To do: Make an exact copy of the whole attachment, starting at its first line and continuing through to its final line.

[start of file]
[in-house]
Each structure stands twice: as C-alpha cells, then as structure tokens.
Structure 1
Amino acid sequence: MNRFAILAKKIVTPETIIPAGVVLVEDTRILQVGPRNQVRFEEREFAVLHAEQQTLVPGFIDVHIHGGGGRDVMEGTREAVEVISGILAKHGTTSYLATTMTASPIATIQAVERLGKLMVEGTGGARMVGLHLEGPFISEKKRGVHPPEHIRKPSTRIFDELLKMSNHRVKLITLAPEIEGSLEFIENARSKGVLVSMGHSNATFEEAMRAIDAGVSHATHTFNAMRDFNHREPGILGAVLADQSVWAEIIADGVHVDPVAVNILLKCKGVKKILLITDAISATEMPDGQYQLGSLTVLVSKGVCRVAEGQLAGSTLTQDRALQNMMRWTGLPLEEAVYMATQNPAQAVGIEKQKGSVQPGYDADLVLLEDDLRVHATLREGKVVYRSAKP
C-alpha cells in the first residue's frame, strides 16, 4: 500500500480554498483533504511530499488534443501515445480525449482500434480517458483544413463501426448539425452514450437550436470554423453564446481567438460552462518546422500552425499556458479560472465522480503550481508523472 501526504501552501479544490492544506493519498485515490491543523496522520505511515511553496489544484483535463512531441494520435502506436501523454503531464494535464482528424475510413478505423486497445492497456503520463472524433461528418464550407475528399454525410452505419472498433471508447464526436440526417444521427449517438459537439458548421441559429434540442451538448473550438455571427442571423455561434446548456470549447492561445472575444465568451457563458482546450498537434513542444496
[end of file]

[in-house]
Each structure stands twice: as C-alpha cells, then as structure tokens.
Structure 1
Amino acid sequence: MNRFAILAKKIVTPETIIPAGVVLVEDTRILQVGPRNQVRFEEREFAVLHAEQQTLVPGFIDVHIHGGGGRDVMEGTREAVEVISGILAKHGTTSYLATTMTASPIATIQAVERLGKLMVEGTGGARMVGLHLEGPFISEKKRGVHPPEHIRKPSTRIFDELLKMSNHRVKLITLAPEIEGSLEFIENARSKGVLVSMGHSNATFEEAMRAIDAGVSHATHTFNAMRDFNHREPGILGAVLADQSVWAEIIADGVHVDPVAVNILLKCKGVKKILLITDAISATEMPDGQYQLGSLTVLVSKGVCRVAEGQLAGSTLTQDRALQNMMRWTGLPLEEAVYMATQNPAQAVGIEKQKGSVQPGYDADLVLLEDDLRVHATLREGKVVYRSAKP
C-alpha cells in the first residue's frame, strides 16, 4: 500500500480554498483533504511530499488534443501515445480525449482500434480517458483544413463501426448539425452514450437550436470554423453564446481567438460552462518546422500552425499556458479560472465522480503550481508523472 501526504501552501479544490492544506493519498485515490491543523496522520505511515511553496489544484483535463512531441494520435502506436501523454503531464494535464482528424475510413478505423486497445492497456503520463472524433461528418464550407475528399454525410452505419472498433471508447464526436440526417444521427449517438459537439458548421441559429434540442451538448473550438455571427442571423455561434446548456470549447492561445472575444465568451457563458482546450498537434513542444496